Weekly Newspaper and Travel Guide
for Pecos Country
of West Texas
Tuesday, September 12, 2006
By Peggy McCracken
comes back to life
My heart almost stopped Monday morning when I went to snatch my setting hen from her hidden nest in Jerry and Emma Workman’s carport next door. I could see her sitting still underneath sacks of building materials and behind paint cans. When I knelt on the pallet and reached in to get her, she felt dead.
“I’ve waited too long,” I thought. I had her coop all ready, with straw on the floor, a nest, water and grain. I thought she would stay in the coop for awhile before she came out of hibernation, which I suppose made her feel dead.
As I drew Blackie from of her hideout, she moved slightly, but did not offer to peck my gloved hands. She didn’t stir when I set her in a cage and latched the door, but before we reached my back gate, she was fully alive and trying to kick the door down.
Before letting her out of the cage, I candled Blackie’s seven eggs for embryos, just in case she had found a rooster in the neighborhood. She hadn’t, so I threw them away unopened. (Have you ever smelled a rotten egg?)
I set the cage in front of the coop and opened the door. Out came Blackie like a shot. She bounced off the far wall of the coop, then hit the trap door that I thought was secured. Down it went, and out she went into the fenced and covered chicken yard.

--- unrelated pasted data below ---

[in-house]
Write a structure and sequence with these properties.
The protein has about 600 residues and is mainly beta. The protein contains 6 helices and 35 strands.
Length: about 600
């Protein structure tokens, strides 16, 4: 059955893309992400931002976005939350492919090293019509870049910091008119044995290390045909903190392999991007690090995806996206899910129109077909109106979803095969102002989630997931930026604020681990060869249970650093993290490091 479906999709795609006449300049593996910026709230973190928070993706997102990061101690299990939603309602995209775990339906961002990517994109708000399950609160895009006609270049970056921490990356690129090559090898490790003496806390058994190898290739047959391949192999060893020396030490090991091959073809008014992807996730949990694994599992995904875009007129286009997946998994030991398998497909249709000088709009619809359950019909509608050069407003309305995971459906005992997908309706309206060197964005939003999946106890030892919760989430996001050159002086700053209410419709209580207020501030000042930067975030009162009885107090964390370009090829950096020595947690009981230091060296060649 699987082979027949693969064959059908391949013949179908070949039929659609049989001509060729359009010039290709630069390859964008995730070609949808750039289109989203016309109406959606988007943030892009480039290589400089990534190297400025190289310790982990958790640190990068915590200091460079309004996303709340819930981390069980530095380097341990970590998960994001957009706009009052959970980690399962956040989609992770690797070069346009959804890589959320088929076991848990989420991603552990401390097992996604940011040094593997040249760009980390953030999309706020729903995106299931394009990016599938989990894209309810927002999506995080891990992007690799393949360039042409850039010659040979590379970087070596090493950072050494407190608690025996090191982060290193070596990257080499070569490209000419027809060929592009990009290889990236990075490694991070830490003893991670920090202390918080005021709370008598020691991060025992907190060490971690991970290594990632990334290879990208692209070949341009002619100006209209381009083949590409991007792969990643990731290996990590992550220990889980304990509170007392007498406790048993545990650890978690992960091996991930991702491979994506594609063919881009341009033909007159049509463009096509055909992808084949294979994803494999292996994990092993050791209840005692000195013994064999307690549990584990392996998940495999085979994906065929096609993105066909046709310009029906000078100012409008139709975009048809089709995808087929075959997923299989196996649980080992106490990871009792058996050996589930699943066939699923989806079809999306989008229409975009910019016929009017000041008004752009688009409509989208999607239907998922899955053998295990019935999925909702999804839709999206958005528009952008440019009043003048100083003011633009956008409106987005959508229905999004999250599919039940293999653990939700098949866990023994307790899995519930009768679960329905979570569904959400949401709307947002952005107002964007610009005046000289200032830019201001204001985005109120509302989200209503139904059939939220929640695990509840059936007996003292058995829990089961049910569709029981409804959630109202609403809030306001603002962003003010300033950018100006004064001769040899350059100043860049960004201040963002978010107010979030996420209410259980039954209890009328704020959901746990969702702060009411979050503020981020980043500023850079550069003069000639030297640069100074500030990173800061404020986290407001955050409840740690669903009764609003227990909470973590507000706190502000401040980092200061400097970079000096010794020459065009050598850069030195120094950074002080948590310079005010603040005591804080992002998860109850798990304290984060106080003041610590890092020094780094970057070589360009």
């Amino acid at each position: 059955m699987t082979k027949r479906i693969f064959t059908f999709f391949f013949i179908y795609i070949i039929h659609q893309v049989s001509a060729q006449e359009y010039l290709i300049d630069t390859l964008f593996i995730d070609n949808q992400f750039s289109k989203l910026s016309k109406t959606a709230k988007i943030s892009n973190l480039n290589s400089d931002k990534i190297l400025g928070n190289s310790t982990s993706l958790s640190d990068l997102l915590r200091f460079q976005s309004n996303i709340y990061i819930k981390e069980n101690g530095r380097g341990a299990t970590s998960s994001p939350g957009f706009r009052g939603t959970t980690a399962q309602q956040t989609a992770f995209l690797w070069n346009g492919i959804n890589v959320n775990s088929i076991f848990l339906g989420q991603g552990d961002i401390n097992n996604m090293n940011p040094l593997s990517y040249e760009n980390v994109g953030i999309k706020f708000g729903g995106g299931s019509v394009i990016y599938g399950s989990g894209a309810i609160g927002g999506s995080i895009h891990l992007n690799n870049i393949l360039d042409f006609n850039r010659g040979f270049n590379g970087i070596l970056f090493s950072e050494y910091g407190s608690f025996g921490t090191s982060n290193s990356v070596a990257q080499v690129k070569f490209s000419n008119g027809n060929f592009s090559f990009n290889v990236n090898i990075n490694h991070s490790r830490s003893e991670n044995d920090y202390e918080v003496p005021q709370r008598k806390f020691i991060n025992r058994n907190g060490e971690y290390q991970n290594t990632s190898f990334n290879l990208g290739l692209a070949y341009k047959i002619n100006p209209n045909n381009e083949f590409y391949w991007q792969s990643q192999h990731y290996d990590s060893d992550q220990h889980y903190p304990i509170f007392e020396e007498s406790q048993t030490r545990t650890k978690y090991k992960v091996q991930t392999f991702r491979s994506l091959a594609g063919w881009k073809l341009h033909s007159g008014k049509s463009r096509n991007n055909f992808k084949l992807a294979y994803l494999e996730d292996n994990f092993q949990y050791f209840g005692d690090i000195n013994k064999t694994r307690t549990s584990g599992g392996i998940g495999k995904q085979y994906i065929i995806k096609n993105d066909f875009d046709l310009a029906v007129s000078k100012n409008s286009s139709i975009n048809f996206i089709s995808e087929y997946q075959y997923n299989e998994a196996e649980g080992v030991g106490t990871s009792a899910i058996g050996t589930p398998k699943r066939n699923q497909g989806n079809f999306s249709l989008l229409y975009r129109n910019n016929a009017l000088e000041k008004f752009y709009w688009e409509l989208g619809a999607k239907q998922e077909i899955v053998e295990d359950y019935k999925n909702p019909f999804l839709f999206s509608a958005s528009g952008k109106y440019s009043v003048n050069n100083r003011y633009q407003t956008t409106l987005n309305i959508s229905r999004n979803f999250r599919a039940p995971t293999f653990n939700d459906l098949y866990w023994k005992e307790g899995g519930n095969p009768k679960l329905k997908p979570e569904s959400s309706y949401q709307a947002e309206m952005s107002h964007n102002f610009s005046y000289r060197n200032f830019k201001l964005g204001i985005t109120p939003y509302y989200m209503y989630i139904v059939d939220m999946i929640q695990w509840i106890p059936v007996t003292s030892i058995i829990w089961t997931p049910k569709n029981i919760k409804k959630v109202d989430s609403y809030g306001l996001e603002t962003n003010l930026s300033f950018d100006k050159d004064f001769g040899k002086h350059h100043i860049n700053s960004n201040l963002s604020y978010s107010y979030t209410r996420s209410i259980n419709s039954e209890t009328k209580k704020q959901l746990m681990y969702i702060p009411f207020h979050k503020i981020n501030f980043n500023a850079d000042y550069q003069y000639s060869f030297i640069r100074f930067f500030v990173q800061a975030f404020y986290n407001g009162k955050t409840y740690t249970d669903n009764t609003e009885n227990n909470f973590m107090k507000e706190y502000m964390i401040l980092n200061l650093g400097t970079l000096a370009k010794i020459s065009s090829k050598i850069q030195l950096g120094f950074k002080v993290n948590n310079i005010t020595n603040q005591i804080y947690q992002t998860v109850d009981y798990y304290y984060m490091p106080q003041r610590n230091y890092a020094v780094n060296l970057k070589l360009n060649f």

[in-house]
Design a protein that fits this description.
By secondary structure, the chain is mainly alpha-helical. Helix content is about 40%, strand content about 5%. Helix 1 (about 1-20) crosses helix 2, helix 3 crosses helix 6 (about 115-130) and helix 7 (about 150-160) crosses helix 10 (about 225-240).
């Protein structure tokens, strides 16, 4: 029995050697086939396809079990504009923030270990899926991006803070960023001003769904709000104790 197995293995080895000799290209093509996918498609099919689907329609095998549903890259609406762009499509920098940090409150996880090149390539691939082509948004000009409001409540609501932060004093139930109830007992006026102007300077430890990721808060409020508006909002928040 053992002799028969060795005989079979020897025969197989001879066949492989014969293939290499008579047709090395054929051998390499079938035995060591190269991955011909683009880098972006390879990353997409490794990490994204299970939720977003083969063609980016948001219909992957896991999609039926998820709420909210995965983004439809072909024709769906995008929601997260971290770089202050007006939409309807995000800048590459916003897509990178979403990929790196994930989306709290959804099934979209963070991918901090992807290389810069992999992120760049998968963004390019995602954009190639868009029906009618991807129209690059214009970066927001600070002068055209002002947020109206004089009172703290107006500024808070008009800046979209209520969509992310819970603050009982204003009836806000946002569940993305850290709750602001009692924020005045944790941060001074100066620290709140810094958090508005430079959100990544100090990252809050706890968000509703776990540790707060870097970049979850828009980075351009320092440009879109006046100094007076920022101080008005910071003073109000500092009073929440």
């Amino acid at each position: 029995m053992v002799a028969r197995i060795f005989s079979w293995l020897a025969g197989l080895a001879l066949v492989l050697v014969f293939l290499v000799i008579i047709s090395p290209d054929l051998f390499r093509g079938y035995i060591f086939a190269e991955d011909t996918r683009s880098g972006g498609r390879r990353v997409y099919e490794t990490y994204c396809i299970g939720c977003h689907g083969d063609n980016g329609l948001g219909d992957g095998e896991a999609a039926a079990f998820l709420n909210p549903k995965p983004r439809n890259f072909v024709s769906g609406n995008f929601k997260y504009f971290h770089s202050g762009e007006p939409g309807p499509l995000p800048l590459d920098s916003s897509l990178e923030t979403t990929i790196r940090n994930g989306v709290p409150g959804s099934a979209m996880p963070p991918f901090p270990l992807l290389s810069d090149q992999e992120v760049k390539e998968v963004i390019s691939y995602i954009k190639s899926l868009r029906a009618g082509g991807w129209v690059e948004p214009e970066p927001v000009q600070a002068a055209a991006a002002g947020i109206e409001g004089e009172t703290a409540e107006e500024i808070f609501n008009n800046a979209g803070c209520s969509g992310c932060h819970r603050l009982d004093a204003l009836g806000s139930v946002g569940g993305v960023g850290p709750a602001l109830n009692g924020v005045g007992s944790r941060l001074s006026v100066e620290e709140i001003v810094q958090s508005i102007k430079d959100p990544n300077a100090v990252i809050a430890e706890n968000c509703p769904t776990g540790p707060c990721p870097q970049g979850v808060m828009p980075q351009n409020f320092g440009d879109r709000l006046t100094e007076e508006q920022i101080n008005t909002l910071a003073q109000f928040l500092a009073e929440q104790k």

Her two chicks were surprised to see her, and clung together as if waiting to see what she would do. She pecked a few bugs off a careless weed, then headed for the fence to look for an opening to escape.
After several days of watching the two chicks-turned-chickens trying to get through, over or under the fence, I feel that Blackie is fairly secure. There are a few weak spots where she could dig under or shake open the joined wires, but I am hoping she will give up pretty quickly and settle down in her safe and secure home.
One of the chicks, which I will call Yellowneck, has been crowing for about a week, making me think I had two roosters. However, I haven’t caught Redback crowing, so maybe I have a pullet after all. Time will tell. So far, no eggs have appeared in the nest.
After Blackie has had time to regain her strength, I may borrow some fertilized eggs from Laura Briggs and let her hatch another brood. Apparently the mothering instinct is so strong, she will do anything to get babies. Even to setting on rotten eggs.
“There are three things that are never satisfied, four that never say, ‘Enough!’: the grave, the barren womb, land, which is never satisfied with water, and fire, which never says, ‘Enough!’” Proverbs 30:15, NIV
EDITOR’S NOTE: Peggy McCracken is Enterprise Business Manager. Contact her at firstname.lastname@example.org
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